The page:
Paris looks more like its normal self today. That is to say, it’s been raining. That’s fine with me; I’m nice and cozy inside my little flat, video chatting with two old friends who are also in confinement in London and Tokyo, futzing around the house doing little chores. It’s a very peaceful day.
The tranquility is coming from within me. In my last meditation class with Duda Baldwin, we discussed how staying in the present moment can bring peace. I write about this a lot, but unless you really understand what this means, and how to achieve it, being “in the now” sounds like so much guru jibber-jabber.
But Duda showed us how to become mindful using simple everyday tasks. Making tea, chopping vegetables—these were two examples she gave. Focusing your mind on only the task at hand. It sounds simple enough, but how many of us have whole conversations with ourselves while we’re washing dishes, preparing dinner, or even (horrors!) driving. The moment you let your mind wander, is the moment you’re, well, not in the moment.
I’ve been practicing this concept of mindfulness since our class on Friday, and I’ve become aware of just how much I have not been paying attention to what I’m doing. This is because my mind is either on something totally other, or because my impatience moves my focus ahead to the next step in the task—before I’ve finished the current step. My dishes bear the brunt of this in the form of tiny chips here and there from when I turned my eyes from the task at hand (putting the plate in the cupboard) to the next plate in the dish drain.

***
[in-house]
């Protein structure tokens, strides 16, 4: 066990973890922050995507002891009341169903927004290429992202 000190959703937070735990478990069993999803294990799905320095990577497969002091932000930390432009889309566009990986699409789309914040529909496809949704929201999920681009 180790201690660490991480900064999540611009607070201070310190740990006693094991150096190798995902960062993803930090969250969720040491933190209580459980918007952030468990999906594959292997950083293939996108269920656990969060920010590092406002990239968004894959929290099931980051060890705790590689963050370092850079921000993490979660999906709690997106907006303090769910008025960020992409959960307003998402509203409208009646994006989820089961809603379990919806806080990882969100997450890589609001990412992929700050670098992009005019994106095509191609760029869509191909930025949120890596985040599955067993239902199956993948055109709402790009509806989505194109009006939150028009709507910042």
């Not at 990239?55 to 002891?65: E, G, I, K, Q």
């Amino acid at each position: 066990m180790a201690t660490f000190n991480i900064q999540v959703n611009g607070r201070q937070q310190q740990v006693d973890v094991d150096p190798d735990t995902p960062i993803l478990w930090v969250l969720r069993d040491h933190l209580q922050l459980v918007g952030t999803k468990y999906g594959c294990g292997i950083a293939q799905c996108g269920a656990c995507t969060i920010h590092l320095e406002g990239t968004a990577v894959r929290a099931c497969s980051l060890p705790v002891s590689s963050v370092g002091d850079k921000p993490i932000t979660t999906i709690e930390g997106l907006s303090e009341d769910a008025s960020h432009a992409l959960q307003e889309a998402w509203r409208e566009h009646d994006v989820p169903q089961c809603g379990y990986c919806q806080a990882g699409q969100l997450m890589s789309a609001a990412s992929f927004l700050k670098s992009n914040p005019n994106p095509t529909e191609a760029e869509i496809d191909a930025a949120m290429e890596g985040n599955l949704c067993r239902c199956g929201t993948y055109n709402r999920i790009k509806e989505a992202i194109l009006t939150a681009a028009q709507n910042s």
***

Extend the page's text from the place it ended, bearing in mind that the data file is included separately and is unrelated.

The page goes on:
My aim is usually to get the mundane tasks done and over with as quickly as possible, so I can get on with my day. But our days are filled with many little mundane tasks, and doing them mindlessly is like swiping through much of our lives—pulling ourselves away with thoughts or worries about things that may never happen.
Our days in confinement are all about mundane tasks; there is no “day” to get on with. This is our day. To give each task time and attention—care—is to give quality and peacefulness to our lives.
Now I take each dish carefully out of the drain, feel it in my hands, watch my hands putting it in the cupboard, then turn to the next dish and repeat. My mind is in the action, and it’s strangely much more satisfying. The most important part: there is no room for the inner conversation, no place for invented problems to be imagined. I am made calmer with each task I do. This is meditation in action.
Try it. Speak the steps of the task out loud it if helps. I’ve found that not only have I stopped chipping my dishes, I’ve also stopped stubbing my toes, leaving full cups of tea around the house, burning the toast. I no longer forget where I put my phone, or what I was about to do. Every action has a purpose, every task is a job well done. Every moment is lived fully.
And, yes, I am more at peace.
Welcome to Music Mondays!
Every Monday, I’m going to share a song. Because. Today, I’m singing an Italian pop song from the 1960s, made famous by the incomparable Mina: “E Se Domani.” I recorded this track a while back for a friend. (Forgive the tacky karaoke orchestration.)